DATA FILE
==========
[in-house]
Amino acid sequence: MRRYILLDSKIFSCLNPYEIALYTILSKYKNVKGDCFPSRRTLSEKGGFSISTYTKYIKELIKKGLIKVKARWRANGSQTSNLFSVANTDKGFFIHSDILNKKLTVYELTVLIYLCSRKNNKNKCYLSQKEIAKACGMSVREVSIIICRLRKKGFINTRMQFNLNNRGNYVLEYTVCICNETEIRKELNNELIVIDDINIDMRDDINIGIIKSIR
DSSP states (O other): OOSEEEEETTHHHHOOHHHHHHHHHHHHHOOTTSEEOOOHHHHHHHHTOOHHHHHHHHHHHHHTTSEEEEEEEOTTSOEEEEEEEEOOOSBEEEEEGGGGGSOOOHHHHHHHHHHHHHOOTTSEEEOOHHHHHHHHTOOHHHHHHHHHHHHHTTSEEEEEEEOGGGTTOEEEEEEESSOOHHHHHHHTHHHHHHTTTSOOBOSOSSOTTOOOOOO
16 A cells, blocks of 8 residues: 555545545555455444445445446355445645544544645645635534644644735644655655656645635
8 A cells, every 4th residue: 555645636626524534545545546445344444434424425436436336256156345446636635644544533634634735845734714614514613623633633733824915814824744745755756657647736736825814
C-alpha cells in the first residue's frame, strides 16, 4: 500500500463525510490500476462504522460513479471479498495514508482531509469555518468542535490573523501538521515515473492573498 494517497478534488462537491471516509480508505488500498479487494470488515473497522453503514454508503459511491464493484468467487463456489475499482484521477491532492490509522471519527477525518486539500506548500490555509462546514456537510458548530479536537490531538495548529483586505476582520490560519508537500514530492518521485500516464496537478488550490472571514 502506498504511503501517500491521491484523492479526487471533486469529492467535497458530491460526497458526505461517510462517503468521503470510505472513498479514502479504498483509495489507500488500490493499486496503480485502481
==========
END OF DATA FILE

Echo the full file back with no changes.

[in-house]
Amino acid sequence: MRRYILLDSKIFSCLNPYEIALYTILSKYKNVKGDCFPSRRTLSEKGGFSISTYTKYIKELIKKGLIKVKARWRANGSQTSNLFSVANTDKGFFIHSDILNKKLTVYELTVLIYLCSRKNNKNKCYLSQKEIAKACGMSVREVSIIICRLRKKGFINTRMQFNLNNRGNYVLEYTVCICNETEIRKELNNELIVIDDINIDMRDDINIGIIKSIR
DSSP states (O other): OOSEEEEETTHHHHOOHHHHHHHHHHHHHOOTTSEEOOOHHHHHHHHTOOHHHHHHHHHHHHHTTSEEEEEEEOTTSOEEEEEEEEOOOSBEEEEEGGGGGSOOOHHHHHHHHHHHHHOOTTSEEEOOHHHHHHHHTOOHHHHHHHHHHHHHTTSEEEEEEEOGGGTTOEEEEEEESSOOHHHHHHHTHHHHHHTTTSOOBOSOSSOTTOOOOOO
16 A cells, blocks of 8 residues: 555545545555455444445445446355445645544544645645635534644644735644655655656645635
8 A cells, every 4th residue: 555645636626524534545545546445344444434424425436436336256156345446636635644544533634634735845734714614514613623633633733824915814824744745755756657647736736825814
C-alpha cells in the first residue's frame, strides 16, 4: 500500500463525510490500476462504522460513479471479498495514508482531509469555518468542535490573523501538521515515473492573498 494517497478534488462537491471516509480508505488500498479487494470488515473497522453503514454508503459511491464493484468467487463456489475499482484521477491532492490509522471519527477525518486539500506548500490555509462546514456537510458548530479536537490531538495548529483586505476582520490560519508537500514530492518521485500516464496537478488550490472571514 502506498504511503501517500491521491484523492479526487471533486469529492467535497458530491460526497458526505461517510462517503468521503470510505472513498479514502479504498483509495489507500488500490493499486496503480485502481